Evan Davis, a student in the SUCCESS program at the University of Maryland, Baltimore County, goes to class with his red backpack. (Emilie Eastman / Capital News Service / TNS)
Work is underway to establish, for the first time, accreditation standards for hundreds of post-secondary programs across the country serving students with intellectual disabilities.
The programs at colleges and universities have grown to more than 300 in recent years, but differ greatly in their focus, length, degree of campus integration and much more. As a result, families have little reason to judge the quality of various offerings whose costs can keep up with traditional tuition fees.
Now a group of experts has defined a number of model standards that could ultimately form the basis for the accreditation of these programs.
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The plan is the culmination of nearly a decade of work pushed forward by a requirement of the 2008 Federal Law on Opportunities for Higher Education. The standards provide that post-secondary programs meet the minimum expectations of their mission, curriculum, academic performance, faculty, tax capacity, and performance in other areas.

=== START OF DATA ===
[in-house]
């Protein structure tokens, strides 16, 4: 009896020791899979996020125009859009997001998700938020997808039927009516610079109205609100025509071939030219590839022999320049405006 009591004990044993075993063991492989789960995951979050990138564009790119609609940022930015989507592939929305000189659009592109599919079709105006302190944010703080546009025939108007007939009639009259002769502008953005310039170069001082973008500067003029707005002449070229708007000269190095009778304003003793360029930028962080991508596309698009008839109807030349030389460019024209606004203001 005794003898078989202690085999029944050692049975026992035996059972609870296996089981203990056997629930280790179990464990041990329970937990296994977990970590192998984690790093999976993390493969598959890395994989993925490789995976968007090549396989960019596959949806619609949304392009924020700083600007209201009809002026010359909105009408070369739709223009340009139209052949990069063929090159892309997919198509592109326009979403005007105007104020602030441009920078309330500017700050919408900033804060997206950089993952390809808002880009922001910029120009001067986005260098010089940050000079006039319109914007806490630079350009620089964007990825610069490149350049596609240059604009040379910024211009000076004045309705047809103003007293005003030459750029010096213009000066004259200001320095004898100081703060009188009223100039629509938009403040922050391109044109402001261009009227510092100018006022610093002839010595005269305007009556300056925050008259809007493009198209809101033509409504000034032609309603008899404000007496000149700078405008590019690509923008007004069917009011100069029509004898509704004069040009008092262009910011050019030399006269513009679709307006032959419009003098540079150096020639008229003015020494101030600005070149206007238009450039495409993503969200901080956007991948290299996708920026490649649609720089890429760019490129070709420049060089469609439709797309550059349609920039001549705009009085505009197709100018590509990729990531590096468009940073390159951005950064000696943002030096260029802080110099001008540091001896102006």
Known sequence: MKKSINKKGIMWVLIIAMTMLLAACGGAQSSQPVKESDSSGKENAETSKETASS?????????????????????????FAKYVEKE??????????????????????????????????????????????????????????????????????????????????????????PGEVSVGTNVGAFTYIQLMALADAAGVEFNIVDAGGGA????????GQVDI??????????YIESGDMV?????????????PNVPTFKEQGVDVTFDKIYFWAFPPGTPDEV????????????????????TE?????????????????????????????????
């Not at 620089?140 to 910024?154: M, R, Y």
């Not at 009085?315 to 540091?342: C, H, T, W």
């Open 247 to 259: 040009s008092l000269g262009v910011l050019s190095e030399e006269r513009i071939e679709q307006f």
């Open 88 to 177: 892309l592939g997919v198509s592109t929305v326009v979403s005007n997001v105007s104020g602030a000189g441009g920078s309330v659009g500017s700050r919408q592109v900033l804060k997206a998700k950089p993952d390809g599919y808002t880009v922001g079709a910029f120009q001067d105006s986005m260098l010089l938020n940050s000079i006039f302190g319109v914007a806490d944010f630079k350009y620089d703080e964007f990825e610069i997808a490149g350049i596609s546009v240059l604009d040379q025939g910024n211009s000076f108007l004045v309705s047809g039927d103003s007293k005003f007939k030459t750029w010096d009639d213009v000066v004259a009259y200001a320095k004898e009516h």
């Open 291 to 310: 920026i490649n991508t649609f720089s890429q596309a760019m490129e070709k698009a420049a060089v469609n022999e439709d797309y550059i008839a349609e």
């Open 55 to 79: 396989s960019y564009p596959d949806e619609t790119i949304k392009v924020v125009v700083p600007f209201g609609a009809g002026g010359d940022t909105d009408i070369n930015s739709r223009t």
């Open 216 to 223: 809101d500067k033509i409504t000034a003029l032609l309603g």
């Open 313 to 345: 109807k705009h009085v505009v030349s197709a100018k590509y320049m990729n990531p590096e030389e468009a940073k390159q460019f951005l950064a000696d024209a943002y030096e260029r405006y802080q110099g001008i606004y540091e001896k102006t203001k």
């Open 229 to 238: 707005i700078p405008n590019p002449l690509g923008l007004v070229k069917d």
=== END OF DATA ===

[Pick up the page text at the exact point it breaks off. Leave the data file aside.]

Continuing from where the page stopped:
“There’s a lot of excitement about accreditation,” said Stephanie Smith Lee, Chair of the National Coordination Center’s Accreditation Working Group responsible for the Model Standards. “Families are particularly happy about the accreditation, as it ensures that the programs achieve an acceptable level of quality.”
Several additional steps are required before accreditation can be achieved. Lee’s working group is preparing a report with their recommendations to Congress. A new iteration of the panel is expected to begin this month to set up a process for using the standards and creating an accreditation organization.
In the meantime, however, Lee expects post-secondary programs to use the Model Standards to evaluate and improve their offerings.
Even if accreditation does become a reality, the programs need not be followed, but many are likely to. In a 2019 survey of more than 100 post-secondary program directors, 82% said they would be “very likely” or “likely” to participate in setting up an accreditation process.